Powder - - TABLE OF CONTENTS - By rob story

Jam bands have han­dlers?

If you’ve ever lived more than a week in the moun­tains, you know how deeply skiers re­vere jam bands. You’re aware that Phish hails from Ver­mont and String Cheese In­ci­dent calls Colorado home. Per­haps you’ve popped a psilo­cy­bin cap and di­vined that jam band mu­sic in­volves re­peated crests and troughs—just as a mogul field does. And that the cli­mac­tic groove rep­re­sents a mo­ment of de­layed grat­i­fi­ca­tion, not un­like thigh-deep pow­der af­ter a long spell of high pres­sure.

Or maybe you’re a re­al­ist who rec­og­nizes skiers are about as di­verse as Bar­bara Bush’s pearls but even they can nail some nice dance moves in the course of a 13-minute song.

What­ever. Skiers and jam bands are sim­ply made for each other, and that’s why Tel­luride lo­cals were ec­static to learn String Cheese In­ci­dent would play a free show at a mid-slope restau­rant on an early spring day not too long ago.

The con­cert took place on a Sun­day af­ter­noon, with ami­able sun­shine beam­ing down on the Gor­rono Ranch event space (where I got mar­ried), which oc­cu­pies the op­po­site side of Coon­skin Ridge from down­town Tel­luride (where I got di­vorced). Colorado Free­dom Per­fume wafted out of glass pipes and into the hyper-blue sky. Not only were the as­sem­bled snowrid­ers en­joy­ing T-ride’s plen­ti­ful snow­pack, here they were gifted a free “ski-to per­for­mance” that for­bade losers who did not ride snow. Se­ri­ously, the ad warned, “No non-skier ac­cess is per­mit­ted.” Plus, the band slayed.

Folks in the Rock­ies re­gard SCI as the ul­ti­mate ski bum band, given its found­ing in Crested Butte. Most win­ters, the band stages “Win­ter Car­ni­val” tours to as­sorted ski ar­eas, so SCI can S-K-I. Watch­ing gui­tarist Billy Ner­shi smile into his mi­cro­phone, I glowed with ad­mi­ra­tion for my fel­low schralper, a guy who ac­tu­ally lived in Tel­luride when he joined the band. Ner­shi per­formed the whole two-hour show in his ski boots.

Heck, even I had swapped clunky Langes for comfy slip-ons in or­der to shake it, shake it, shake it like a Po­laroid pic­ture. Yet this meant Ner­shi was ready to click into bind­ings the mo­ment the show ended and I was not. As a re­sult, I was in­side Gor­rono’s wrestling my lit­tle pig­gies into polyurethane when the rock star stole my skis.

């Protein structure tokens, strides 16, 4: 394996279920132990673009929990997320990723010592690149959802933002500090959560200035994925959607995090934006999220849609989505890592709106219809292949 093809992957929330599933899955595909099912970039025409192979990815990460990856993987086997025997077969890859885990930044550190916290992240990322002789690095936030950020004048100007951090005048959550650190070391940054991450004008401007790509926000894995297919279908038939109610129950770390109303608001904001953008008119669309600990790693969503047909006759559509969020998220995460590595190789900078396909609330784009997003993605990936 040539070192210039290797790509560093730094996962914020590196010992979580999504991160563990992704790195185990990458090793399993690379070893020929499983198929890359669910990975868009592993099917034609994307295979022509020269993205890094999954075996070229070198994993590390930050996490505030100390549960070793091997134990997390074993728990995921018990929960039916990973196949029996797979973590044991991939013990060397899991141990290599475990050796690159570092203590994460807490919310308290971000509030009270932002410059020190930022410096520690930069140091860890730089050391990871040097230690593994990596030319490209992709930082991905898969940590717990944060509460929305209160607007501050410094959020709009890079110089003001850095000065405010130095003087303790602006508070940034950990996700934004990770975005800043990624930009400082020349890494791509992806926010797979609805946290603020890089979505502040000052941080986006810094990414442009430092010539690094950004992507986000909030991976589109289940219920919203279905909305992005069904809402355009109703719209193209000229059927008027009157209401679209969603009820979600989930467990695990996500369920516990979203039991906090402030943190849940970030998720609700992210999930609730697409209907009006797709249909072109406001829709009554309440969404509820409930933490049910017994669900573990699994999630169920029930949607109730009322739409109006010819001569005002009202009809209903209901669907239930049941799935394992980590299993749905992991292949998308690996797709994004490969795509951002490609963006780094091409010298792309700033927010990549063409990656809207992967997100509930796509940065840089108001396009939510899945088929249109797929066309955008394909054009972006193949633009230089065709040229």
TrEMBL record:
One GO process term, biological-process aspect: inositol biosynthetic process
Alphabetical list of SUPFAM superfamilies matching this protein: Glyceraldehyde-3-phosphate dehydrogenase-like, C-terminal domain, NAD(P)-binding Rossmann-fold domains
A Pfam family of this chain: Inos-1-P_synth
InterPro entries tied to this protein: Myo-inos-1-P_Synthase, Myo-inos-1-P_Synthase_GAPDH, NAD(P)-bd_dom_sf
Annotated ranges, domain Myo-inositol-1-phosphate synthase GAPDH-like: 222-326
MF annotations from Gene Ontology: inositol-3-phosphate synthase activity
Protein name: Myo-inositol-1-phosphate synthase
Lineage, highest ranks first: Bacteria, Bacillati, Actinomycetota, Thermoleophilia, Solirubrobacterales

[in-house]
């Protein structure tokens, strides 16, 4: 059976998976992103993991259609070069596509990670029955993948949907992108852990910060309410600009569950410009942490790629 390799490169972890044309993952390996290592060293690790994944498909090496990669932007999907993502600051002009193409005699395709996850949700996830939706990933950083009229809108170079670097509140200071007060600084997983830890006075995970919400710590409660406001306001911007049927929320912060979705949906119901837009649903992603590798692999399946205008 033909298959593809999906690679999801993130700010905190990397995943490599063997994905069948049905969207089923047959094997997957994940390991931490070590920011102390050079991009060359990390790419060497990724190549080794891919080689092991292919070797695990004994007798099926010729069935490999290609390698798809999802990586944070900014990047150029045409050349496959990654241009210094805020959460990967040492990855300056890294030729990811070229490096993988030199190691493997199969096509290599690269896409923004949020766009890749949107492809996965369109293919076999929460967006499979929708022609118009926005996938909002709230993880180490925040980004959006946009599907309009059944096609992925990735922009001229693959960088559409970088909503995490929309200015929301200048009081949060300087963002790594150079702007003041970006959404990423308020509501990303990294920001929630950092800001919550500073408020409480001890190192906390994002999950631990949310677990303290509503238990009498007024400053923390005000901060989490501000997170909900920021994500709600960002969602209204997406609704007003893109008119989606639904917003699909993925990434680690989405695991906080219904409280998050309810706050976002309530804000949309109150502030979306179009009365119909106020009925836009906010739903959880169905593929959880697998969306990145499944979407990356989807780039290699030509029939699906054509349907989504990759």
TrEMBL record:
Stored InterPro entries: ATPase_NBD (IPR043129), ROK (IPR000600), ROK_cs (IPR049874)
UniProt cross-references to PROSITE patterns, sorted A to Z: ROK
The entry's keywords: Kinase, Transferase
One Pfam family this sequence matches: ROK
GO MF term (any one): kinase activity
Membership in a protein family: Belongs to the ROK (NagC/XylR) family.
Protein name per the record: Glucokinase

It’s true: Re­turn­ing to the rack where my cus­tom Wag­ner skis were stashed—the white ones with a green W logo at the tip—i found only my poles.

Dam­mit! What kind of scum­bag would burgle boards from a String Cheese show?!?

My mood spun from hip­pie bliss to mur­der­ous rage.

Se­cu­rity told me a con­fused drunk likely grabbed them by mis­take. But why would a con­fused drunk leave be­hind the at­tached poles?

Misty Maiden, the run be­low Gor­rono’s, sparkled with silky corn that af­ter­noon—or so I’m told. Me? I de­scended in sheer hu­mil­i­a­tion in­side a pa­trol to­bog­gan. On the way, a friend skied by, slow­ing long enough to nee­dle: “Oh, does wid­dle Rob­bie have a boo-boo?”

At the base of Lift 4, I an­grily stomped around, glar­ing at ski racks. Zip, zero, nada...un­til the valet ski check... and there they were! WTF? What kind of thief checks stolen goods at the valet?

The kind of thief who has “han­dlers,” it turns out. In their rush to es­cort the jam band star down to his ho­tel, Ner­shi’s han­dlers over­looked his nearby shred­sticks—the white ones with a blue W logo at the tip—and con­vinced him that my skis were his, de­spite the fact he kept lurch­ing out of bind­ings set for a sig­nif­i­cantly larger boot sole.

(Some­times, Colorado Free­dom Per­fume makes peo­ple ir­ra­tional.)

In the end, I got my skis back and the han­dlers said they were “su­per sorry, man.” They even per­suaded Ner­shi to call me the next day. The rock­ing rob­ber left a very nice, if ram­bling, three-minute apol­ogy that I sin­cerely ap­pre­ci­ated. I pre­served the voice­mail for months, till the Novem­ber day when my phone van­ished. I be­lieve the phone was sim­ply lost, and not stolen. But you never know.

Rob Story is a long­time Pow­der se­nior cor­re­spon­dent based in Tel­luride, Colorado. He’s lis­tened to enough jam band mu­sic for the en­tire state.

Photo: Re Wik­strom

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